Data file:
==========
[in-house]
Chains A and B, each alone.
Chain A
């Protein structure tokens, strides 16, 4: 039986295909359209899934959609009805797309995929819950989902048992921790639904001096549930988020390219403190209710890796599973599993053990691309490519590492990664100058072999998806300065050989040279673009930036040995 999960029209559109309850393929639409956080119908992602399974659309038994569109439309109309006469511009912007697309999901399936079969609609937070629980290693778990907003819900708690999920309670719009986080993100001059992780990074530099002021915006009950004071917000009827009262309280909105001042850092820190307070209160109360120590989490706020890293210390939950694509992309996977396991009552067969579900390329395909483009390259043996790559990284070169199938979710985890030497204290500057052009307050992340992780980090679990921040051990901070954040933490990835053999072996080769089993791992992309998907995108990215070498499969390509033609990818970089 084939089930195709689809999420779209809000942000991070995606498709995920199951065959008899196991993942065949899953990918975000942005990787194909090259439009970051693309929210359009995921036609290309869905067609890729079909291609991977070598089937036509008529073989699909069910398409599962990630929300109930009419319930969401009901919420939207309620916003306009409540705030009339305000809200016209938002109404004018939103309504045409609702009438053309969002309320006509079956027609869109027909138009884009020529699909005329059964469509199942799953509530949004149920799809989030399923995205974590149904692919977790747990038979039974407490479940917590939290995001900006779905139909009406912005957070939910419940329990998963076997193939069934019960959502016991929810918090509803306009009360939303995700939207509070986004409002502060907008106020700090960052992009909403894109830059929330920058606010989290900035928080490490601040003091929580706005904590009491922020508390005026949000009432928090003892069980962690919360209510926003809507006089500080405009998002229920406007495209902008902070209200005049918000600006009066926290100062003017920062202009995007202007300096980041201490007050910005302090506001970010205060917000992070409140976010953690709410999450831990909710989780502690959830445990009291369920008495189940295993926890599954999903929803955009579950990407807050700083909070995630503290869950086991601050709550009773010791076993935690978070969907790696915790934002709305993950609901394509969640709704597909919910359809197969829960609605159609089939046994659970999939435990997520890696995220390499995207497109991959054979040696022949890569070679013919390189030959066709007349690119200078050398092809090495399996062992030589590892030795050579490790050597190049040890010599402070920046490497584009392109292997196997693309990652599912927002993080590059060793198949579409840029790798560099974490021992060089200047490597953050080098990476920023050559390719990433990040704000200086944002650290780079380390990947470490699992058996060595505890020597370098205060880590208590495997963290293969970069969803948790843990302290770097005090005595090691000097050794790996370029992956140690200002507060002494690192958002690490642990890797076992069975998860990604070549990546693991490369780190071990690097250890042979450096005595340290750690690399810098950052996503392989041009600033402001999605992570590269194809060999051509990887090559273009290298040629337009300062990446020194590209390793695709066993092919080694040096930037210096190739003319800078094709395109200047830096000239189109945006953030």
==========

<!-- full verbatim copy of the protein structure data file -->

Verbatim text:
[in-house]
Chains A and B, each alone.
Chain A
């Protein structure tokens, strides 16, 4: 039986295909359209899934959609009805797309995929819950989902048992921790639904001096549930988020390219403190209710890796599973599993053990691309490519590492990664100058072999998806300065050989040279673009930036040995 999960029209559109309850393929639409956080119908992602399974659309038994569109439309109309006469511009912007697309999901399936079969609609937070629980290693778990907003819900708690999920309670719009986080993100001059992780990074530099002021915006009950004071917000009827009262309280909105001042850092820190307070209160109360120590989490706020890293210390939950694509992309996977396991009552067969579900390329395909483009390259043996790559990284070169199938979710985890030497204290500057052009307050992340992780980090679990921040051990901070954040933490990835053999072996080769089993791992992309998907995108990215070498499969390509033609990818970089 084939089930195709689809999420779209809000942000991070995606498709995920199951065959008899196991993942065949899953990918975000942005990787194909090259439009970051693309929210359009995921036609290309869905067609890729079909291609991977070598089937036509008529073989699909069910398409599962990630929300109930009419319930969401009901919420939207309620916003306009409540705030009339305000809200016209938002109404004018939103309504045409609702009438053309969002309320006509079956027609869109027909138009884009020529699909005329059964469509199942799953509530949004149920799809989030399923995205974590149904692919977790747990038979039974407490479940917590939290995001900006779905139909009406912005957070939910419940329990998963076997193939069934019960959502016991929810918090509803306009009360939303995700939207509070986004409002502060907008106020700090960052992009909403894109830059929330920058606010989290900035928080490490601040003091929580706005904590009491922020508390005026949000009432928090003892069980962690919360209510926003809507006089500080405009998002229920406007495209902008902070209200005049918000600006009066926290100062003017920062202009995007202007300096980041201490007050910005302090506001970010205060917000992070409140976010953690709410999450831990909710989780502690959830445990009291369920008495189940295993926890599954999903929803955009579950990407807050700083909070995630503290869950086991601050709550009773010791076993935690978070969907790696915790934002709305993950609901394509969640709704597909919910359809197969829960609605159609089939046994659970999939435990997520890696995220390499995207497109991959054979040696022949890569070679013919390189030959066709007349690119200078050398092809090495399996062992030589590892030795050579490790050597190049040890010599402070920046490497584009392109292997196997693309990652599912927002993080590059060793198949579409840029790798560099974490021992060089200047490597953050080098990476920023050559390719990433990040704000200086944002650290780079380390990947470490699992058996060595505890020597370098205060880590208590495997963290293969970069969803948790843990302290770097005090005595090691000097050794790996370029992956140690200002507060002494690192958002690490642990890797076992069975998860990604070549990546693991490369780190071990690097250890042979450096005595340290750690690399810098950052996503392989041009600033402001999605992570590269194809060999051509990887090559273009290298040629337009300062990446020194590209390793695709066993092919080694040096930037210096190739003319800078094709395109200047830096000239189109945006953030």